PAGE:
Thursday, December 6, 2012

California Congressman Pete McCloskey Remembers Vietnam

California Congressman Pete McCloskey in Vietnam, 1975


The purpose of the Congressional trip to Indochina in February of '75 was to look at the situation in Vietnam and Cambodia because President Gerald Ford was asking Congress at that time for $222 million for Cambodia and $300 million for Vietnam. He encouraged us to go. He was asking Congress for the money, saying "We know about it and Congress doesn't." So he encouraged Congressmen to go over. I went initially with Senator Dewey Bartlett. We were only there for a couple of days when six other members of Congress joined us: Bill Chappell, who was on the Armed Service Committee was one, Bella Abzug was another and John Flynt, Don Fraser, John Murtha and Millicent Fenwick. And Phil Habib was there, Assistant Secretary of State for East Asian and Pacific Affairs. So there were eight of us from Congress on the trip and my recollection is we finally on the way home tried to put down our impressions and views and split about four to four, four hawks and four doves.
We were supposed to examine the situation there and then apprise President Ford, who wanted the Congress to vote this money.
I had several things I wanted to do on that trip. One was to compare the situation in 1975 with what I had seen in 1970. The IV Corps situation down in the Delta, the III Corps area right outside Saigon, II Corps area in either Pleiku or Kontum, and the I Corps was in Da Nang. I wanted to see the order of battle -- our lineup against the other side, the South against the North. I wanted to check the morale of the South Vietnamese and I wanted to see the will to fight of the North Vietnamese.
The money that the President was asking for was for additional military support in Vietnam. The South Vietnamese army, as I recall, outnumbered the North Vietnamese something like 740,000 men under arms for the South and the North never had more than 450,000. The South had interior lines of communication. They were defending a fairly long area, but there were interior lines of communication. I recall, however, the statistic that the South was using thirteen times as much artillery as the North which meant they were firing tremendous amounts of artillery and much of this money was for artillery shells.
I'd been a second lieutenant in the Marine Corps in Korea. After that I stayed in the Marine Corps Reserve and had specialized in counter-insurgency.

I was about the only member of Congress who went to Vietnam four times. I had been elected in 1967 as the first Republican elected as opposing the Vietnam War. When I first ran for Congress they asked me what is my position on Vietnam and I said I didn't think we ought to be there. I concluded it was the wrong place to fight, wrong terrain, wrong enemy. We just squander American resources trying to fight such a war.
I was elected December of '67, and again in the tough Republican Primary six months later, in June of '68. I had a fairly easy general election in '68 and a very tough primary again in '70 and fairly easy general election. Then in '71 and '72 I ran against Nixon. In '72 I had a terrible primary because there were two people against me. In June of '74 I had a really tough primary where a guy said Nixon ought to be supported and I was urging Nixon be impeached.
Well, Nixon resigned and Ford came in, and in '75 I made that trip.
I thought it was inevitable that South Vietnam would fall when the United States got out.
What I thought was essentially this: I thought that the division of Vietnam in 1954 had been an artificial division. Everybody thought the Vietnamese should be united. One of the things that affected me the first time I went to Vietnam in 1967 was that all over Vietnam in these little village, regional, district offices the map they used of Vietnam was all of Vietnam. The southerners never conceded there was just a South Vietnam. Whenever you looked at the map of Vietnam, even in the south, it was the map of the whole country, not just this artificial division. Obviously every Vietnamese thought of his country as one country, so the question was could the United States support an artificial division and create a new country? We did and called it "nation building".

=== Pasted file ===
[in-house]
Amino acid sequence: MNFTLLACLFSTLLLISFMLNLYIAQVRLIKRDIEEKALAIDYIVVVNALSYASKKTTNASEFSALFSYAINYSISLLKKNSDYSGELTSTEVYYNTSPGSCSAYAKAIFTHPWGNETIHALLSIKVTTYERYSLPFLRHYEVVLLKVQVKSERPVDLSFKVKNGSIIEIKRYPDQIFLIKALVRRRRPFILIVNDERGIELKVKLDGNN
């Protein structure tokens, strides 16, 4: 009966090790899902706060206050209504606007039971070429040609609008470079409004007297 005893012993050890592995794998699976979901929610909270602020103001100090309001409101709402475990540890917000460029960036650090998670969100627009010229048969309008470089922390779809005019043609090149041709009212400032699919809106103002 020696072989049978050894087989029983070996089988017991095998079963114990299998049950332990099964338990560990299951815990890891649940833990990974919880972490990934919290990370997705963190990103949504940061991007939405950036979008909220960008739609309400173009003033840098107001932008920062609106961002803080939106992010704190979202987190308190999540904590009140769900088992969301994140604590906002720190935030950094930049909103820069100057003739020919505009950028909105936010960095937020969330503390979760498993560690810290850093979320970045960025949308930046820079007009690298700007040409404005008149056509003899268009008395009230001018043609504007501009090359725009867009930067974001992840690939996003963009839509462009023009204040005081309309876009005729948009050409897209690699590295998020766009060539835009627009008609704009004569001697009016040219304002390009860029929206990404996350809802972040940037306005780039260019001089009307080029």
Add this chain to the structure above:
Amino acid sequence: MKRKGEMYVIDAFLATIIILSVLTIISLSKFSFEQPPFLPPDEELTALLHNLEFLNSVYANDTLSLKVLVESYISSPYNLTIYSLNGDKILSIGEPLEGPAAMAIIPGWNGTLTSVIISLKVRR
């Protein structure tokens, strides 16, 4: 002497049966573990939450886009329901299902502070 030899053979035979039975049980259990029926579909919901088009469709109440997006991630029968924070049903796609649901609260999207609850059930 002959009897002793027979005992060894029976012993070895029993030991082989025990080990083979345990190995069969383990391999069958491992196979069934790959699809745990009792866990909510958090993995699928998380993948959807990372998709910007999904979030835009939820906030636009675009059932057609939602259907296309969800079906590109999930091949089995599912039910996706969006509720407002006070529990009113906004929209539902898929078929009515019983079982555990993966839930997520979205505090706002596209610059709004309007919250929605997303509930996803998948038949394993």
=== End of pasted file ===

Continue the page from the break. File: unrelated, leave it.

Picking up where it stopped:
I was prepared when I went over there to accept the possibility that we could create a new nation in South Vietnam if they had the will to fight. They had more people than the north. They had the interior lines of defense. If you looked at the order of battle there were thirteen North Vietnamese divisions and sixteen South Vietnamese division. There was an army, an air force and a navy in the south. There wasn't in the North. We were giving all this money and aid and assistance. We were training them to use our weapons and methods. The whole question was, could the will to fight of the South Vietnamese overcome the will of the North Vietnamese?
The thing was the generals were telling us one thing about the quality of the South Vietnamese army, the lieutenants and the advisors who worked at the local level were telling us a completely different story. Sure there were some crack South Vietnamese fighting units, the Marines, Paratroopers were good, tough, able. But the ordinary ARVN people were people who didn't want to fight, didn't have a motivation to fight. The Popular Forces on the government side were people who were pressed into service, who really didn't hate the Viet Cong that much. It was clear from the very beginning that there were leaks all through the establishment. Viet Cong permeated all through the government forces. No Marine commander I knew from the first time I went there to the end, would ever announce his plan of battle in any way that could be determined by the Vietnamese ally because they knew it would leak.
But I would submit to you that Kissinger and everybody else knew from about 1971 on that sooner or later the South Vietnamese were going to collapse. Now that doesn't in any way take away from the validity of the South Vietnamese leaders saying, "If you god damn Americans had fought this war like you fought in Europe, we could have prevailed. If you'd gone into North Vietnam and captured their cities and driven them into the underbrush." My argument to that was, sure we could have done that. We could have destroyed the dikes in the Red River delta. We could have destroyed Hanoi. We could have carpet bombed and wiped out every city of more than a hundred people. But once we had done it and won, and once we had left the country, what was going to happen? The forces in the country were going to govern that had the faith of the people, or had the means of getting popular support.